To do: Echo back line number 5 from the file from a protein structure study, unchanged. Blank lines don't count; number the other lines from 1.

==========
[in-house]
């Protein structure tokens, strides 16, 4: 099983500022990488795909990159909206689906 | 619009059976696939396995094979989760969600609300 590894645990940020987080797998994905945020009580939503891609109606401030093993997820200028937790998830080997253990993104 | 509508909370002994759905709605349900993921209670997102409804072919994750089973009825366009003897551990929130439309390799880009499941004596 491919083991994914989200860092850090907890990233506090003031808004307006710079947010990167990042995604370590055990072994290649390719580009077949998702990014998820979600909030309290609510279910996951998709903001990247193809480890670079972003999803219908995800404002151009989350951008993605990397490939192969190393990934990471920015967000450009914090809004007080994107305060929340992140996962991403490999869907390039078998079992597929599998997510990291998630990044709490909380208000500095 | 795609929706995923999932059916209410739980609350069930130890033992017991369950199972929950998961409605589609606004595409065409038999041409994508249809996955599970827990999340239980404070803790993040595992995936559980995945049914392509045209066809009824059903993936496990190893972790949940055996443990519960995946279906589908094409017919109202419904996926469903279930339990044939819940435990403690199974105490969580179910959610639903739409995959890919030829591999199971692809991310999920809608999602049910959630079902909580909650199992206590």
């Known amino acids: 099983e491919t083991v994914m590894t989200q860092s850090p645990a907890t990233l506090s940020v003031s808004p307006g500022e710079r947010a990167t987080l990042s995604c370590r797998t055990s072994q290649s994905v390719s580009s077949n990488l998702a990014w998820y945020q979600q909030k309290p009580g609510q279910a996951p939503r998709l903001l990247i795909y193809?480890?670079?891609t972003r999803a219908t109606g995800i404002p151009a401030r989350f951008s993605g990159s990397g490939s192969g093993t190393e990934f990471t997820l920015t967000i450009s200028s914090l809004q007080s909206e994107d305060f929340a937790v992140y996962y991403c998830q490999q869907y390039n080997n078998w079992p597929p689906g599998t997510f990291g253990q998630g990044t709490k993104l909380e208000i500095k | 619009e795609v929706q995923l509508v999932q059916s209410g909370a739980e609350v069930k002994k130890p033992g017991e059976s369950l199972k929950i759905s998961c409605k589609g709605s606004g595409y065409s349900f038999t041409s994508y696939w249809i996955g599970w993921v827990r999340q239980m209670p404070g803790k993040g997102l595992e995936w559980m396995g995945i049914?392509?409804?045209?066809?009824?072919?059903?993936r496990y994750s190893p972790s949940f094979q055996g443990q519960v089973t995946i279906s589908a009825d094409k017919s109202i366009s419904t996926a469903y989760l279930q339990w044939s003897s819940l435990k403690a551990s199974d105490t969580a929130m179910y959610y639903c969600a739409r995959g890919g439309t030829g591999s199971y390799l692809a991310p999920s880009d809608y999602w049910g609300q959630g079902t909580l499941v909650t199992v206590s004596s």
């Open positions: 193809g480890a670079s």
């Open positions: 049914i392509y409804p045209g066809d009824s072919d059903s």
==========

């Open positions: 049914i392509y409804p045209g066809d009824s072919d059903s």